Set between 1968 and 1989, Havel focuses on former Czech president life from 1968 to 1989 when he was a dissident under the Communist regime and relationship with his wife Olga and friend Pavel Landovský.
Havel is directed by Slávek Horák and starring Viktor Dvořák in the titular role.
The tagline of the movie, „Co byste obětovali pro pravdu a lásku?“ (“What would you sacrifice for truth and love?“), comes from the former president’s personal motto.
Havel will be released in Czech cinemas from July 23.
It’s the summer of ’68 and the young Czech playwright Vaclav Havel is enjoying the heady atmosphere of newfound freedom as the iron grip of Soviet repression gradually loosens throughout Eastern Europe.
In Havel’s Prague, politics are as exciting as theatre, sex, drugs, and rock ‘n’ roll. Havel, though, is a comfortable and acclaimed playwright, and he’s determined to avoid conflict that might upset his world. He resists confrontation with the political authorities – led by the celebrated politician Alexander Dubcek – and he tries to carry out his romantic escapades without undermining his marriage to his beloved Olga.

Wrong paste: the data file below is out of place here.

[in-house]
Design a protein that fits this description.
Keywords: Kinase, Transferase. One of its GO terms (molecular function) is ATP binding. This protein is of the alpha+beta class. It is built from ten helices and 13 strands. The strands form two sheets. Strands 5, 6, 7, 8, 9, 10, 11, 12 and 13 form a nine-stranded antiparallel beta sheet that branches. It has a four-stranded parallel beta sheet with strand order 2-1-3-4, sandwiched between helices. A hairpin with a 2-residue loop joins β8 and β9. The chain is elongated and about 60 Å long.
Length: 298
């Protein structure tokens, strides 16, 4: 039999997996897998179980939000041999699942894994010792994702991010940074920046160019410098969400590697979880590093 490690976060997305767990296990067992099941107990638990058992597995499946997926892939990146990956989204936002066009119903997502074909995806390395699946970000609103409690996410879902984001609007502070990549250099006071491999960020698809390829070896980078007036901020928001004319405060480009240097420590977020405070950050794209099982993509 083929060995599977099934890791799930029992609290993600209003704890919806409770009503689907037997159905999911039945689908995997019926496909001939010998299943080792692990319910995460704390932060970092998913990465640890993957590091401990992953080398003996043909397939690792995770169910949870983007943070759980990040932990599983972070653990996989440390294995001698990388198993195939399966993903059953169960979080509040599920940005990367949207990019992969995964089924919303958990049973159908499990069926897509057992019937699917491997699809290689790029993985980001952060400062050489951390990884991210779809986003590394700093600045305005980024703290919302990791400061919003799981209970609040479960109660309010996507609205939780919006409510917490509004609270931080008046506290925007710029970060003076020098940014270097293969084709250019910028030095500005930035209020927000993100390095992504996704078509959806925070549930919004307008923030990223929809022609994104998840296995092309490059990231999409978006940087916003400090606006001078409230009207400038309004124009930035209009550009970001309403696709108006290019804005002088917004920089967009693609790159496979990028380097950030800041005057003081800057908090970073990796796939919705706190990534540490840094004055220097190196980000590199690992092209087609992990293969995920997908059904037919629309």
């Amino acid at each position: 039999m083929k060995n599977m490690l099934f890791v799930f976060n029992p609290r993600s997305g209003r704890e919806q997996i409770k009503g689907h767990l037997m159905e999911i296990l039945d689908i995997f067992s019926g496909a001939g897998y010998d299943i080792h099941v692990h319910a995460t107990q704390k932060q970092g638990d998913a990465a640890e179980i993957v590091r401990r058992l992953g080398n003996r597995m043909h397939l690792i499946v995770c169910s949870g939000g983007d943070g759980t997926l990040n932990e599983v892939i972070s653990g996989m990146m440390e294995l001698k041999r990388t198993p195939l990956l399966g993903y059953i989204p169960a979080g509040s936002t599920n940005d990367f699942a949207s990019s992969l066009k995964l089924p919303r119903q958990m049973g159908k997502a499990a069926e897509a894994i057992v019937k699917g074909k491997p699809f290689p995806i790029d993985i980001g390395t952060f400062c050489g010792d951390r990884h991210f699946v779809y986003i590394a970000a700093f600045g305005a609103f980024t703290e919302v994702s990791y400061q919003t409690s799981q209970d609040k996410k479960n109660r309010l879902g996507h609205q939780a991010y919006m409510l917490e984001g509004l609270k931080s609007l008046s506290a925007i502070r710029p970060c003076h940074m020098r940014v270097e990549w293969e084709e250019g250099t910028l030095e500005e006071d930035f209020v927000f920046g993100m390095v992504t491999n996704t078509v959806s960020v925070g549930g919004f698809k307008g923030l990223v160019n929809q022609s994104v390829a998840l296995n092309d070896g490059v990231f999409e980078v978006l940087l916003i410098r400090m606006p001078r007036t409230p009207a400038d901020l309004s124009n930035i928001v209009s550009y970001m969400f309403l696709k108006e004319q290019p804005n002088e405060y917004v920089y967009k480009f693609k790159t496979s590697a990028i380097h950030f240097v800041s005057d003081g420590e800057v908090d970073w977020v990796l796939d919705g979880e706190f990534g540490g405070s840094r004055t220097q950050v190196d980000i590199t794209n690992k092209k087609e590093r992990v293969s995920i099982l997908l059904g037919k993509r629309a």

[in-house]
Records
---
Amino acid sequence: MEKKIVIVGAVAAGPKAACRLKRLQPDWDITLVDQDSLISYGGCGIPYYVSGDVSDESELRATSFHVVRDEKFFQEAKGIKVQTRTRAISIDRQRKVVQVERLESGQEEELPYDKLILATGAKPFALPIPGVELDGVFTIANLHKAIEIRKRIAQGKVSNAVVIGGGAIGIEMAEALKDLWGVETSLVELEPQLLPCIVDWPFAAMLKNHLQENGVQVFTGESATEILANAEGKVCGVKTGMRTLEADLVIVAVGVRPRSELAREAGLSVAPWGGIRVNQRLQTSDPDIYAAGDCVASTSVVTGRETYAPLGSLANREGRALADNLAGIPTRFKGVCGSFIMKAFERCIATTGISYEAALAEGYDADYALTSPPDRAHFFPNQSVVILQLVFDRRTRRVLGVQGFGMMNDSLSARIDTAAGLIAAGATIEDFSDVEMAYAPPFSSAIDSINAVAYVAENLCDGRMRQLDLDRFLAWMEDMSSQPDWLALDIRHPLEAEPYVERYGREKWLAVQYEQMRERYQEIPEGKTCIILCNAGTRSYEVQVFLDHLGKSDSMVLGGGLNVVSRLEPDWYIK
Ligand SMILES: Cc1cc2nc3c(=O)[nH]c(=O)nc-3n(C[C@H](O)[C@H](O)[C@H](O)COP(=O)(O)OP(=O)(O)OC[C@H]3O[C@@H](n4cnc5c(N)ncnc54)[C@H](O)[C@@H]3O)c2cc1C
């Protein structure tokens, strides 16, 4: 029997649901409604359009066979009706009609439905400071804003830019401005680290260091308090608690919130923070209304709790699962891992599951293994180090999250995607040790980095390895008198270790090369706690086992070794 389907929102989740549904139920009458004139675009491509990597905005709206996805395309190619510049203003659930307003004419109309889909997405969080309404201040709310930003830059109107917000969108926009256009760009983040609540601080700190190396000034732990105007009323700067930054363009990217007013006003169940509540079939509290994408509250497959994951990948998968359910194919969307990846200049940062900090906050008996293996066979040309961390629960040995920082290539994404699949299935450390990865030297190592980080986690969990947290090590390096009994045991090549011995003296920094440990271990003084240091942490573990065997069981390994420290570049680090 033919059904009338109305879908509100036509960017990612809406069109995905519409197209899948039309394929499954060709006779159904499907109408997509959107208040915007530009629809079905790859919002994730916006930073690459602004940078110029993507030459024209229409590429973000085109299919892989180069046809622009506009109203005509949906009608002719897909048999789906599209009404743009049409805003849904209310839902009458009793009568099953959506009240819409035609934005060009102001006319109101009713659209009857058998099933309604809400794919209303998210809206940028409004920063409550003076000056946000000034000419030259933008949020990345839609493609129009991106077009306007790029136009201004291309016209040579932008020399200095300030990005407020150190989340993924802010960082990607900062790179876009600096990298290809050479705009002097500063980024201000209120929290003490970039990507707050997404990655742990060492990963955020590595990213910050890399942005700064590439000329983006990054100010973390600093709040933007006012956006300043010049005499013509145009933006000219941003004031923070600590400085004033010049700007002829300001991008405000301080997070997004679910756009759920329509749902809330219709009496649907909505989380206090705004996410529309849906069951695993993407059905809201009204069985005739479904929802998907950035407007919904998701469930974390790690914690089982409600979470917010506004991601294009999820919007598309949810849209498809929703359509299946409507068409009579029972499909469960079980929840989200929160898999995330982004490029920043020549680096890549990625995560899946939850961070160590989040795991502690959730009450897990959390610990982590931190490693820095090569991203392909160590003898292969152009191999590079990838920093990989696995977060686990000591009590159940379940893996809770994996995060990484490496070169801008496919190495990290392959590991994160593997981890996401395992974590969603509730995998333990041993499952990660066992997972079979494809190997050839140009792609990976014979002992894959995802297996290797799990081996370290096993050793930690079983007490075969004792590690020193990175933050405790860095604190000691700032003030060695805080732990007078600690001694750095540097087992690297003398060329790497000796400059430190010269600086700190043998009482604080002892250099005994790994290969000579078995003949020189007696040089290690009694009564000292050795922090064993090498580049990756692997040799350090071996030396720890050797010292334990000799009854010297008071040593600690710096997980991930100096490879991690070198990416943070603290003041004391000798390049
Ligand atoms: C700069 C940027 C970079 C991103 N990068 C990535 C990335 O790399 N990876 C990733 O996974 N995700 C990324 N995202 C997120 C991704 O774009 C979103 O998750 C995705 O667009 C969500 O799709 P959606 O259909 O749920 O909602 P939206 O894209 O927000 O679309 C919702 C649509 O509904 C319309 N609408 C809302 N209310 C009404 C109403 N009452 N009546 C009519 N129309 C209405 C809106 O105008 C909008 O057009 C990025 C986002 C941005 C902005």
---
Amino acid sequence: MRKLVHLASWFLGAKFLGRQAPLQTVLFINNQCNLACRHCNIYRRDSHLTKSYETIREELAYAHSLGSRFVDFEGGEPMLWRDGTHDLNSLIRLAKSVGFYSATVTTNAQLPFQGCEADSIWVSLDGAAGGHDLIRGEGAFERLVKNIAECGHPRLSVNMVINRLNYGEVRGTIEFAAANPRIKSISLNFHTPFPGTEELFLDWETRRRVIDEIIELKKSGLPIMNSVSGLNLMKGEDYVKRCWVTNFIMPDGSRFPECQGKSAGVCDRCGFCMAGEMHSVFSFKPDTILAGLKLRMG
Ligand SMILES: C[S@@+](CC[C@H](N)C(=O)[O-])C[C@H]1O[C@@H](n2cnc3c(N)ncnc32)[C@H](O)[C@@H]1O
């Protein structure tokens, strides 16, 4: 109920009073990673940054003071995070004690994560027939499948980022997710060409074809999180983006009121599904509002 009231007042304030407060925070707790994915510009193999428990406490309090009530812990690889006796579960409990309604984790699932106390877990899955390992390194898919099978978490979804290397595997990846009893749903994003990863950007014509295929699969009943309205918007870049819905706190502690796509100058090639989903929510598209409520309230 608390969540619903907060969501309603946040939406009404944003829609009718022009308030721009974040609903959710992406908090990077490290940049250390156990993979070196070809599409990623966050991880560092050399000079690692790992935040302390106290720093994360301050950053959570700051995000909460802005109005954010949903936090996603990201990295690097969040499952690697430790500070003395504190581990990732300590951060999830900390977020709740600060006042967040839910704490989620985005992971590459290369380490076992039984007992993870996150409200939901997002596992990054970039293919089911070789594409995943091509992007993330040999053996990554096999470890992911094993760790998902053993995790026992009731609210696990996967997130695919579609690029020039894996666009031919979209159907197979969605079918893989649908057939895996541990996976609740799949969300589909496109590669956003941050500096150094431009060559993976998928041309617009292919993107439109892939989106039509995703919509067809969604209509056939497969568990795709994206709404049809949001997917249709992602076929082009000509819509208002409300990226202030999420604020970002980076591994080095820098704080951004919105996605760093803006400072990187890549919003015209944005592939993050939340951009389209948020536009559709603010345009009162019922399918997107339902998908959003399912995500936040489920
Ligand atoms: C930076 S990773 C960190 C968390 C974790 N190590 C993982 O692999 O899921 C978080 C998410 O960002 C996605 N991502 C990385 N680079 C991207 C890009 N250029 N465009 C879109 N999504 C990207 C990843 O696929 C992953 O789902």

Havel’s fling with freedom comes to an abrupt and violent end when Soviet Russia invades Czechoslovakia. When Havel refuses to sign a regime-sponsored document approving of the Russian occupation, the government removes him from his theater and from his prestigious position at the pinnacle of Czech cultural life.
As his writing gradually revives him, Havel begins attracting a group of likeminded artists. When he learns that the persecution of his friends is even harsher than his own, he begins to organize a diverse group of isolated critics of the regime into an underground resistance movement.
Havel’s growing outspokenness eventually becomes too much for the Czech puppet government, and Havel is sent to prison. In exchange for his release, he agrees to give up all political activity. Humiliated by his own cowardice, and despite his agreement with the regime, he recommits defiantly, and at great personal risk, to renewed political activity. Once again he’s imprisoned.
In the harsh confines of the prison, his health begins to fail. The authorities offer to release him if he’ll just give in, but he refuses. As Havel nears death, the authorities are forced to back down, and Havel emerges from prison a defiant hero in the eyes of the Czechs.
Measured against Dubcek’s popularity, Havel is an outsider, a mere political novice. But he is determined to confront the old regime and bring fresh energy to Czech politics, and to do so he’s willing to give the world he loves – the theater.
He confronts his rival Dubcek and, through the sheer weight of Havel’s well-earned moral authority, Dubcek’s support crumbles. Havel becomes the new Czech leader, euphorically hailed by the masses as a true hero.